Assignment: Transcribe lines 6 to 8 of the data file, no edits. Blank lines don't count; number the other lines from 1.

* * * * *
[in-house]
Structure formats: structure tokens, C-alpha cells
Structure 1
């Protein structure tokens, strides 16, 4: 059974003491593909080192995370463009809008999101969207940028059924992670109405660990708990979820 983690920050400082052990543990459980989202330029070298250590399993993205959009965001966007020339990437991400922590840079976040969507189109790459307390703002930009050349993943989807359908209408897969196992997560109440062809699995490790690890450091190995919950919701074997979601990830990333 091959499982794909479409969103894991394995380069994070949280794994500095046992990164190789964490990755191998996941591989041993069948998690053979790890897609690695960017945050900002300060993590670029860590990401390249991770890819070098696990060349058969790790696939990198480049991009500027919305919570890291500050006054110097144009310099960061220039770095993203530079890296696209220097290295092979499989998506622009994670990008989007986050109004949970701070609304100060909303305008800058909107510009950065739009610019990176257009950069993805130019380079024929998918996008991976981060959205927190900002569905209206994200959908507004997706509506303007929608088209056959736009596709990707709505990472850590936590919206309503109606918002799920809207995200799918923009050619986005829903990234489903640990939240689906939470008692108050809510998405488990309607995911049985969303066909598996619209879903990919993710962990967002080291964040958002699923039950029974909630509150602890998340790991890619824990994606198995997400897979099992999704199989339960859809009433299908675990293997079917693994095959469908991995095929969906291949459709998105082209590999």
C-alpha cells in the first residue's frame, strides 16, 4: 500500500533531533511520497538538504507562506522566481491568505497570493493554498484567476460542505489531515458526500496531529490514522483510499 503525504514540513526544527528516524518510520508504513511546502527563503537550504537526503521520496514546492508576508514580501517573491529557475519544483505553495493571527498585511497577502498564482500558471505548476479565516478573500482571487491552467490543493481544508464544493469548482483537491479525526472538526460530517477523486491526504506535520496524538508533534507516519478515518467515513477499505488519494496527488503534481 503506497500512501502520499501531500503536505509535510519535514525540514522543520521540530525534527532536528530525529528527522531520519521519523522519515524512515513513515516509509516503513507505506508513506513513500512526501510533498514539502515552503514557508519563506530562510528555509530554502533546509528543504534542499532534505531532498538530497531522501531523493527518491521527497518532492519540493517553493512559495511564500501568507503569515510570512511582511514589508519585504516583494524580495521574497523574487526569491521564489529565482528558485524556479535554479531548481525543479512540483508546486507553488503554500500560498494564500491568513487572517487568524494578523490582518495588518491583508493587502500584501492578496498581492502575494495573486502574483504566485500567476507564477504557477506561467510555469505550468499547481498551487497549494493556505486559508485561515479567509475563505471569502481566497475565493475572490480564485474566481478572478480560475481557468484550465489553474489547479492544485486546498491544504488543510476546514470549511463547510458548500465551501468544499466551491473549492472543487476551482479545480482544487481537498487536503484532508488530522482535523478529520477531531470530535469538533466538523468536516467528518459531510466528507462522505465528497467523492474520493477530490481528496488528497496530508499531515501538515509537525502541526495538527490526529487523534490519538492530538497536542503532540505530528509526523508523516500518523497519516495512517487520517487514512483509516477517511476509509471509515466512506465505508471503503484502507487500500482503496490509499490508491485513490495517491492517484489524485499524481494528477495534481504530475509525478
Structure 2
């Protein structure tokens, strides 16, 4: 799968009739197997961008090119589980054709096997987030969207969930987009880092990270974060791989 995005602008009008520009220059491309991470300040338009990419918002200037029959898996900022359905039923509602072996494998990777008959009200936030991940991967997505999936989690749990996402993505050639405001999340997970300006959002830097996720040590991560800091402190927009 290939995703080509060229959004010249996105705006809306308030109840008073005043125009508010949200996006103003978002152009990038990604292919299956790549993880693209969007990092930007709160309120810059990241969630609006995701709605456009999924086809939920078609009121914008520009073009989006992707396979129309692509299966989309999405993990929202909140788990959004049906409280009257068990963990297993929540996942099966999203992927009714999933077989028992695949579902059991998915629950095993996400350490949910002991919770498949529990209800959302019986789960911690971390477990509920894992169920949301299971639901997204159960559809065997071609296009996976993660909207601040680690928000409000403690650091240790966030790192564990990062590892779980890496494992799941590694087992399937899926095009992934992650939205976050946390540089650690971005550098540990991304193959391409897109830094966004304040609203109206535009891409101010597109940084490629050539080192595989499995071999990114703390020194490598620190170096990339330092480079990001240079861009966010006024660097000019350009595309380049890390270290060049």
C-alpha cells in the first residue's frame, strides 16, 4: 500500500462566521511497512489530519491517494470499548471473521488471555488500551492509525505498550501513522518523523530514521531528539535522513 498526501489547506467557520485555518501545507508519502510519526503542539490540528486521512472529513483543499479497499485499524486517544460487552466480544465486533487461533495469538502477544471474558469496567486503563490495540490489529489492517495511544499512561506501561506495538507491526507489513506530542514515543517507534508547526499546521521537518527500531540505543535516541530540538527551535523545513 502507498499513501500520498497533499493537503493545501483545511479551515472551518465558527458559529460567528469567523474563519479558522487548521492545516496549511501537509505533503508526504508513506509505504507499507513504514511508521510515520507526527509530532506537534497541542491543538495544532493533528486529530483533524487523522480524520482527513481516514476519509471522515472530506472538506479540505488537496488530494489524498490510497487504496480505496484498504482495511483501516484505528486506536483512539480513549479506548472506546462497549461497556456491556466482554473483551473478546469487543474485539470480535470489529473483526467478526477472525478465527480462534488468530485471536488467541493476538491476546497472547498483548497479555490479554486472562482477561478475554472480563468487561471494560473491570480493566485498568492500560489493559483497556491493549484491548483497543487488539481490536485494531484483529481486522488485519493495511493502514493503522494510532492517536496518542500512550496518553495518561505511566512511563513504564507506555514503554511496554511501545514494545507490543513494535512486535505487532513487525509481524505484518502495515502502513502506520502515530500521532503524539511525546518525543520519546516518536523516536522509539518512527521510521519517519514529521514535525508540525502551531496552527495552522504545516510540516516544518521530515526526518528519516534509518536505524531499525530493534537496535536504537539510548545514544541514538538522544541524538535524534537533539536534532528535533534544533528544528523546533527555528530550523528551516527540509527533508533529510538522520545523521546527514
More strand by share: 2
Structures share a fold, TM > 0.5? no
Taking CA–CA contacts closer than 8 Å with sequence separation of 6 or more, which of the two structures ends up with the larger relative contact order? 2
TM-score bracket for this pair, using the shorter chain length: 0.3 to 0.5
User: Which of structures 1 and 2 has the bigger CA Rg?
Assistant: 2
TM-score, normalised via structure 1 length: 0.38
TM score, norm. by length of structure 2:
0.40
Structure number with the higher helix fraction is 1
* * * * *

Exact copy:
Structure 2
């Protein structure tokens, strides 16, 4: 799968009739197997961008090119589980054709096997987030969207969930987009880092990270974060791989 995005602008009008520009220059491309991470300040338009990419918002200037029959898996900022359905039923509602072996494998990777008959009200936030991940991967997505999936989690749990996402993505050639405001999340997970300006959002830097996720040590991560800091402190927009 290939995703080509060229959004010249996105705006809306308030109840008073005043125009508010949200996006103003978002152009990038990604292919299956790549993880693209969007990092930007709160309120810059990241969630609006995701709605456009999924086809939920078609009121914008520009073009989006992707396979129309692509299966989309999405993990929202909140788990959004049906409280009257068990963990297993929540996942099966999203992927009714999933077989028992695949579902059991998915629950095993996400350490949910002991919770498949529990209800959302019986789960911690971390477990509920894992169920949301299971639901997204159960559809065997071609296009996976993660909207601040680690928000409000403690650091240790966030790192564990990062590892779980890496494992799941590694087992399937899926095009992934992650939205976050946390540089650690971005550098540990991304193959391409897109830094966004304040609203109206535009891409101010597109940084490629050539080192595989499995071999990114703390020194490598620190170096990339330092480079990001240079861009966010006024660097000019350009595309380049890390270290060049």
C-alpha cells in the first residue's frame, strides 16, 4: 500500500462566521511497512489530519491517494470499548471473521488471555488500551492509525505498550501513522518523523530514521531528539535522513 498526501489547506467557520485555518501545507508519502510519526503542539490540528486521512472529513483543499479497499485499524486517544460487552466480544465486533487461533495469538502477544471474558469496567486503563490495540490489529489492517495511544499512561506501561506495538507491526507489513506530542514515543517507534508547526499546521521537518527500531540505543535516541530540538527551535523545513 502507498499513501500520498497533499493537503493545501483545511479551515472551518465558527458559529460567528469567523474563519479558522487548521492545516496549511501537509505533503508526504508513506509505504507499507513504514511508521510515520507526527509530532506537534497541542491543538495544532493533528486529530483533524487523522480524520482527513481516514476519509471522515472530506472538506479540505488537496488530494489524498490510497487504496480505496484498504482495511483501516484505528486506536483512539480513549479506548472506546462497549461497556456491556466482554473483551473478546469487543474485539470480535470489529473483526467478526477472525478465527480462534488468530485471536488467541493476538491476546497472547498483548497479555490479554486472562482477561478475554472480563468487561471494560473491570480493566485498568492500560489493559483497556491493549484491548483497543487488539481490536485494531484483529481486522488485519493495511493502514493503522494510532492517536496518542500512550496518553495518561505511566512511563513504564507506555514503554511496554511501545514494545507490543513494535512486535505487532513487525509481524505484518502495515502502513502506520502515530500521532503524539511525546518525543520519546516518536523516536522509539518512527521510521519517519514529521514535525508540525502551531496552527495552522504545516510540516516544518521530515526526518528519516534509518536505524531499525530493534537496535536504537539510548545514544541514538538522544541524538535524534537533539536534532528535533534544533528544528523546533527555528530550523528551516527540509527533508533529510538522520545523521546527514